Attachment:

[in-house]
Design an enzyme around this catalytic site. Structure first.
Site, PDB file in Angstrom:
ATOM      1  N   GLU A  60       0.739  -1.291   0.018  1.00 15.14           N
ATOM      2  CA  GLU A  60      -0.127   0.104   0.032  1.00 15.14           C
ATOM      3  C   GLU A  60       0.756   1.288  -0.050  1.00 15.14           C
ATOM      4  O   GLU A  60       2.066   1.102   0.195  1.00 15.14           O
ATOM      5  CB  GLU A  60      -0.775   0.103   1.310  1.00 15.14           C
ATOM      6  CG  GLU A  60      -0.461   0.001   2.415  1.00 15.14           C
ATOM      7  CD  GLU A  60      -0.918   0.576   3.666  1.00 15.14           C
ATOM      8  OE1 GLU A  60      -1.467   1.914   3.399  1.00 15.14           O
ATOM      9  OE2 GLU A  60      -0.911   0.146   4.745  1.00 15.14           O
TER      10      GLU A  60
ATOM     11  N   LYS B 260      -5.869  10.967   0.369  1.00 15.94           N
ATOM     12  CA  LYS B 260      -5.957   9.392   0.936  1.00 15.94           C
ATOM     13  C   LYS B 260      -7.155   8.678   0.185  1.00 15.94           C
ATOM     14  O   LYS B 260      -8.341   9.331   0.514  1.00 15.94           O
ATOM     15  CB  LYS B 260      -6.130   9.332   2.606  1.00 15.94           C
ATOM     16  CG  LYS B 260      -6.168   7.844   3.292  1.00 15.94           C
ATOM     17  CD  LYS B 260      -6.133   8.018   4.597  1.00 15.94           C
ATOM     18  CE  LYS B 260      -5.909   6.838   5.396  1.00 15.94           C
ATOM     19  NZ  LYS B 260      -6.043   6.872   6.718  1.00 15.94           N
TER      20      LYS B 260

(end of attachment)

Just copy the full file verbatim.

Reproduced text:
[in-house]
Design an enzyme around this catalytic site. Structure first.
Site, PDB file in Angstrom:
ATOM      1  N   GLU A  60       0.739  -1.291   0.018  1.00 15.14           N
ATOM      2  CA  GLU A  60      -0.127   0.104   0.032  1.00 15.14           C
ATOM      3  C   GLU A  60       0.756   1.288  -0.050  1.00 15.14           C
ATOM      4  O   GLU A  60       2.066   1.102   0.195  1.00 15.14           O
ATOM      5  CB  GLU A  60      -0.775   0.103   1.310  1.00 15.14           C
ATOM      6  CG  GLU A  60      -0.461   0.001   2.415  1.00 15.14           C
ATOM      7  CD  GLU A  60      -0.918   0.576   3.666  1.00 15.14           C
ATOM      8  OE1 GLU A  60      -1.467   1.914   3.399  1.00 15.14           O
ATOM      9  OE2 GLU A  60      -0.911   0.146   4.745  1.00 15.14           O
TER      10      GLU A  60
ATOM     11  N   LYS B 260      -5.869  10.967   0.369  1.00 15.94           N
ATOM     12  CA  LYS B 260      -5.957   9.392   0.936  1.00 15.94           C
ATOM     13  C   LYS B 260      -7.155   8.678   0.185  1.00 15.94           C
ATOM     14  O   LYS B 260      -8.341   9.331   0.514  1.00 15.94           O
ATOM     15  CB  LYS B 260      -6.130   9.332   2.606  1.00 15.94           C
ATOM     16  CG  LYS B 260      -6.168   7.844   3.292  1.00 15.94           C
ATOM     17  CD  LYS B 260      -6.133   8.018   4.597  1.00 15.94           C
ATOM     18  CE  LYS B 260      -5.909   6.838   5.396  1.00 15.94           C
ATOM     19  NZ  LYS B 260      -6.043   6.872   6.718  1.00 15.94           N
TER      20      LYS B 260